20 April 2020
Monica Garcia works in Geneva as Executive Assistant at Doctors Without Borders (MSF) Access Campaign, an advocacy unit within MSF pushing for access to essential medicines, diagnostic tests and vaccines for patients in MSF’s projects and beyond. Prior to that, she developed her professional career working in corporate communications in the private sector for more than 15 years.
Monica holds a degree in Law, an MBA and a Specialization on Humanitarian Action and she is currently enrolled in our Executive Master in International law in Armed Conflict.
I have always been interested in learning more about international humanitarian law (IHL). While I have developed most of my professional career in corporate communication in the private sector, my vocation for the humanitarian sector pushed me to work for MSF and to complement my professional profile with further education on humanitarian action. Holding a degree in law, I found that the next logical step was to pursue a master in international law in armed conflict, as 60 percent of MSF projects are run in armed conflict contexts, internal unstable contexts, and post-conflict contexts.
It fully responds to my expectations. It is amazing to look back and realize how many different topics, issues, and concepts we have covered, how much knowledge and critical thinking we have achieved and how much learning we have got from leading academics. It is also very enriching to see how the four main areas of study, public international law, IHL, international criminal law (ICL) and international human rights law are so interconnected and how they are applied in real situations.
I believe this programme improves not only our technical skills but also empowers us to evaluate critically a wide variety of international disputes and armed conflicts and to approach humanitarian crisis from a legal perspective.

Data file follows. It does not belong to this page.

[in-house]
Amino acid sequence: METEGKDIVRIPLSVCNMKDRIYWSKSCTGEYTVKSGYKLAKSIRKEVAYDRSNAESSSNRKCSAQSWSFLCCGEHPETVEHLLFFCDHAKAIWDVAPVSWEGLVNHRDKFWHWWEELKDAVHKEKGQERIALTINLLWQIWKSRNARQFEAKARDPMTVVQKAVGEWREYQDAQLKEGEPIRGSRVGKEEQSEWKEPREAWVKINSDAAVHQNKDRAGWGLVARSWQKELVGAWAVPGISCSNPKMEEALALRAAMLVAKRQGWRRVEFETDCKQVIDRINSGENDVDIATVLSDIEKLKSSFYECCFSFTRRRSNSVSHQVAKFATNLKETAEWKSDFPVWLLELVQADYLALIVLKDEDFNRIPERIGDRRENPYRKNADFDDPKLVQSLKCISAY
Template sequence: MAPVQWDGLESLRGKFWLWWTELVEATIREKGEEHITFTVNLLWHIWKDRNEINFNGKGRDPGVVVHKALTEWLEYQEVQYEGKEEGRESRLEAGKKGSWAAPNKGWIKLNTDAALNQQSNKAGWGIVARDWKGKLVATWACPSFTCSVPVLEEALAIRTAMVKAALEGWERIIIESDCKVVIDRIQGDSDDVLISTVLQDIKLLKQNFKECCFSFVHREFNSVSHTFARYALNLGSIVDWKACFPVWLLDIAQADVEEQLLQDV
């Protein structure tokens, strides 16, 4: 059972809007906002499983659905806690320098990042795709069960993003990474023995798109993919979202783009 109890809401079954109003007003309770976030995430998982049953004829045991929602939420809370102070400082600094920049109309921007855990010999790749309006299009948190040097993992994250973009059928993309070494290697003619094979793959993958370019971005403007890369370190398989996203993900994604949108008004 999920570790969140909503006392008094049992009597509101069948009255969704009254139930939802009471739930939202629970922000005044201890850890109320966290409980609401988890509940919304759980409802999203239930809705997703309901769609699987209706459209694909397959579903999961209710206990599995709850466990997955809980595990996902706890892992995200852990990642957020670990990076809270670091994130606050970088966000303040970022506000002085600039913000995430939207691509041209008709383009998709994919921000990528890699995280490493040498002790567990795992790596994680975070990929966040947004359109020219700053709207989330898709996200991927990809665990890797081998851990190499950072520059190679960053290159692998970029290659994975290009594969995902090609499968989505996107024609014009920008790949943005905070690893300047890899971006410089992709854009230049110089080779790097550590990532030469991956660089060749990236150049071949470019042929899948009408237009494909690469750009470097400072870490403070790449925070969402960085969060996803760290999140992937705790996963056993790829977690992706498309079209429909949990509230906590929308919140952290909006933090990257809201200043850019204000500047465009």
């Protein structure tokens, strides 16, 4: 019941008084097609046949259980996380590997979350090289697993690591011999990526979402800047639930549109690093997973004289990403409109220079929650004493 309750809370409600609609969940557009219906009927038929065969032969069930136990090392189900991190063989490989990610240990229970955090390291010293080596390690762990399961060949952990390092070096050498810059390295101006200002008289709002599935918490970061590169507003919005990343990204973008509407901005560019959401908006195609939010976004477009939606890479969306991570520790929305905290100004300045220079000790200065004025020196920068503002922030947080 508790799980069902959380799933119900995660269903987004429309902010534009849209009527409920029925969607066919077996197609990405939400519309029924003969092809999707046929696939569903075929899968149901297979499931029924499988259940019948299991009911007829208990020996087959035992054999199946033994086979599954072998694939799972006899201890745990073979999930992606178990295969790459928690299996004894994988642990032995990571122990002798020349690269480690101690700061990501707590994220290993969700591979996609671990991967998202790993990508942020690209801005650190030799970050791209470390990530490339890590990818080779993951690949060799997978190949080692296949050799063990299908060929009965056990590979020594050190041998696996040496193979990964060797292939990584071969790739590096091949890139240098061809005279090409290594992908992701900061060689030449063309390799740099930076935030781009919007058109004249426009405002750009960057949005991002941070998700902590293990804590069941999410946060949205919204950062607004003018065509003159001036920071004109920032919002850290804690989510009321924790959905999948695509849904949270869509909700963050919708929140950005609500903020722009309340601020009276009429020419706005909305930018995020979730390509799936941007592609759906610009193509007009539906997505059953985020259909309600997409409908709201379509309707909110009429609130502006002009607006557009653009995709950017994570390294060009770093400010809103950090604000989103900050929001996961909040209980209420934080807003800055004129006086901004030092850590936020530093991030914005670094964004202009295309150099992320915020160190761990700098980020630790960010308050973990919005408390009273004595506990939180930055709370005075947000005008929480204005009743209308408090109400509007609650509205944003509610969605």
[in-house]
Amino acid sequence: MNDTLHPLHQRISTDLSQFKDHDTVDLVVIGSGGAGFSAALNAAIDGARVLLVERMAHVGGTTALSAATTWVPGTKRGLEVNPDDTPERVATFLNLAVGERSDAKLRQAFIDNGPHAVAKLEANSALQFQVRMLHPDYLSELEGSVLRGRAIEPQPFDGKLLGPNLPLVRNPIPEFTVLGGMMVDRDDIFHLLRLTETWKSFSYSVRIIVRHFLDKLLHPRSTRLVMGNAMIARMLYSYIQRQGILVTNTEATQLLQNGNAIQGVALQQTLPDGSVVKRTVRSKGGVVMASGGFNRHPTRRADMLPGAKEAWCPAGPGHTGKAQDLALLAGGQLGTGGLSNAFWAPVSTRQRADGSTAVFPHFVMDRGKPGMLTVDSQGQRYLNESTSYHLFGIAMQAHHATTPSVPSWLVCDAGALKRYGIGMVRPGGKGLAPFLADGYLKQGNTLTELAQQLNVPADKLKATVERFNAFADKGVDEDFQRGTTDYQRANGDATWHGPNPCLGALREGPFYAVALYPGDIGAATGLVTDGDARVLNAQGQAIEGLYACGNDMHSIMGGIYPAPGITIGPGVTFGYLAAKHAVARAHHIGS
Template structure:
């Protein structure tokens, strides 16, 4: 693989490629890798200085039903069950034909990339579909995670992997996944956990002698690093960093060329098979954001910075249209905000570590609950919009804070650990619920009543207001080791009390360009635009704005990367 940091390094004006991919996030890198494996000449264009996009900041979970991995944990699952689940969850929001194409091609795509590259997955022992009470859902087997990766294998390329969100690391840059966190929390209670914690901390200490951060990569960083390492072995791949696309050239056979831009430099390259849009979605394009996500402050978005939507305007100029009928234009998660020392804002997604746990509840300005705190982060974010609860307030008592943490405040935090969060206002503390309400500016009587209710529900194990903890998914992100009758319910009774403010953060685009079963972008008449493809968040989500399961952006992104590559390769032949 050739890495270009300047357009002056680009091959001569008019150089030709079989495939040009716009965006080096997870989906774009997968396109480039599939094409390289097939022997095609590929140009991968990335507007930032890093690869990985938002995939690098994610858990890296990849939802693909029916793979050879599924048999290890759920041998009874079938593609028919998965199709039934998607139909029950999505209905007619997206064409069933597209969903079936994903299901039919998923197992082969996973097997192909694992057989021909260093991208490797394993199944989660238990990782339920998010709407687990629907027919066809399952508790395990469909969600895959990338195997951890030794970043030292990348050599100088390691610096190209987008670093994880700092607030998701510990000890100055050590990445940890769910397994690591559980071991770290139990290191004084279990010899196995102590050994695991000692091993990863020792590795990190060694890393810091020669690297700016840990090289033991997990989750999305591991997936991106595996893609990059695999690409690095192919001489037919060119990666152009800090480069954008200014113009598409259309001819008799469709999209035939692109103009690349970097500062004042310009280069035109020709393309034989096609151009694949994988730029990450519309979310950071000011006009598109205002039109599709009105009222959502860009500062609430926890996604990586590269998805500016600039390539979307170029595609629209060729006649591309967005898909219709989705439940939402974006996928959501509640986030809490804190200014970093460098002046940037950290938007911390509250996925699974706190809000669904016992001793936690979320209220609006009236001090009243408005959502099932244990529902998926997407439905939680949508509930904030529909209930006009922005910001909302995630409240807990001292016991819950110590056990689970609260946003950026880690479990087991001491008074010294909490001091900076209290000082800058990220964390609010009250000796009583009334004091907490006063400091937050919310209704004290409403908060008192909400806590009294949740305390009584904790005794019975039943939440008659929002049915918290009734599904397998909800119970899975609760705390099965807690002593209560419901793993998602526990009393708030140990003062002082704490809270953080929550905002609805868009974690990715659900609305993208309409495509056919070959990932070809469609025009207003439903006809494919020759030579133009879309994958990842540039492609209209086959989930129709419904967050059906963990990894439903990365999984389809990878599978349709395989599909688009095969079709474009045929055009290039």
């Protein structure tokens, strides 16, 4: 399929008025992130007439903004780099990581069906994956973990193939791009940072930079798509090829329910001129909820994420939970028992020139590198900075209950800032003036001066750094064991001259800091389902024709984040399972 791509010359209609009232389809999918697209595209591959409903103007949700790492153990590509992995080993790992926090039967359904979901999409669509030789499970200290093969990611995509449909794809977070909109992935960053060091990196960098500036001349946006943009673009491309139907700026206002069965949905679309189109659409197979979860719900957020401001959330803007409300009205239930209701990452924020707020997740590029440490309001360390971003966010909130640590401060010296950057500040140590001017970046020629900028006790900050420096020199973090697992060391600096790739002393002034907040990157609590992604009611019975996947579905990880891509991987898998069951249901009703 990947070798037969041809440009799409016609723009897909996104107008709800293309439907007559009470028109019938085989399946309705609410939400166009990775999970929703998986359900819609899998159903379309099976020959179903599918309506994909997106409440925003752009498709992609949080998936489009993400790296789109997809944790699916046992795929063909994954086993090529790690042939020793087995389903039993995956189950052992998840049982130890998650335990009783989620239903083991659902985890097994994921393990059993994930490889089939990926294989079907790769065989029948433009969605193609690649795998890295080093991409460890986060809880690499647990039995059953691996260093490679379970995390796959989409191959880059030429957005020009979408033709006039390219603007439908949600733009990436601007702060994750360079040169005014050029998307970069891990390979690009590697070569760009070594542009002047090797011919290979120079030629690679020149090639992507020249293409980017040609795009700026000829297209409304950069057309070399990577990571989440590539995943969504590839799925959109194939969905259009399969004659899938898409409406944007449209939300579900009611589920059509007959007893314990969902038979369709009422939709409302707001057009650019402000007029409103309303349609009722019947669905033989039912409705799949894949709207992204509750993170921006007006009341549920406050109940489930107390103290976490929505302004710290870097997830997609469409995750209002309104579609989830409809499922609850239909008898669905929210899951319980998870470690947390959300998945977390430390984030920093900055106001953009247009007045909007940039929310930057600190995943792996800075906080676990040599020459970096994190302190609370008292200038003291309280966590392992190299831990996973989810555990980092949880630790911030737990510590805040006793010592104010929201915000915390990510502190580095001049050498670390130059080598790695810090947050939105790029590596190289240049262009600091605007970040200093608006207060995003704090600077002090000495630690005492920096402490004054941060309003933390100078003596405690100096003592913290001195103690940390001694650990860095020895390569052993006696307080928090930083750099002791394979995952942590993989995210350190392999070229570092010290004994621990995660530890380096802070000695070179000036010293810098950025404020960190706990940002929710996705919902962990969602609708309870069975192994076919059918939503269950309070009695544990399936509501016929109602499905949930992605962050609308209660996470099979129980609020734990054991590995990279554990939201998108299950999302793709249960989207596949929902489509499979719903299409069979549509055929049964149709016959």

I have enjoyed a lot of lectures, but If I must choose one, I really enjoyed Professor Schabas’s lectures on ICL and the history of the International Criminal Court. It was an inspiring mix of law and history that took us back to the times of the Nuremberg trials.
This programme will bring me a valuable solid background in international law and will help me to further contribute to the legal analysis of humanitarian crisis. I look forward facing new professional opportunities and challenges where I will further develop all my newly acquired knowledge and competences.
I strongly recommend it, especially to NGO workers interested in complementing their education in humanitarian action with a much more technical area of expertise. It will be very valuable to increase debates and discussions on the legal aspects and implications of humanitarian action and to learn how protection during a humanitarian crisis is guaranteed by international law as well as the existing legal gaps and improvement opportunities.
Professor Fionnuala Ní Aoláin just started as Visiting Fellow at the Geneva Academy and will stay with us until June 2022. She will complete a monograph on the law of occupation focused on the gender dimensions of occupation.
Our new Working Paper by Professor Olivier de Frouville, based on his keynote speech at the Geneva Academy 2021 Graduation Ceremony, discusses the need for – and existing premises – a Global Transitional Justice Process.
Alexander Jawfox, Unsplash
This IHL Talk aims at clarifying the relevant frameworks of responsibility for the crimes committed by the Wagner troops.
This event marks the launch of our LLM alumna Jelena Plamenac’s award-winning book ‘Unravelling Unlawful Confinement in Contemporary Armed Conflicts’ published by Brill.
UN Photo / Jean-Marc Ferré
This training course will explore the origin and evolution of the Universal Periodic Review (UPR) and its functioning in Geneva and will focus on the nature of implementation of the UPR recommendations at the national level.
This short course, which can be followed in Geneva or online, provides an overview of the evolution of the rules governing the use of force in international law, focusing on military intervention on humanitarian grounds and the creation of the United Nations collective security system. It then addresses the concept of the responsibility to protect.
The Rule of Law in Armed Conflicts project (RULAC) is a unique online portal that identifies and classifies all situations of armed violence that amount to an armed conflict under international humanitarian law (IHL). It is primarily a legal reference source for a broad audience, including non-specialists, interested in issues surrounding the classification of armed conflicts under IHL.
This project will explore humanitarian consequences and protection needs caused by the digitalization of armed conflicts and the extent to which these needs are addressed by international law, especially international humanitarian law.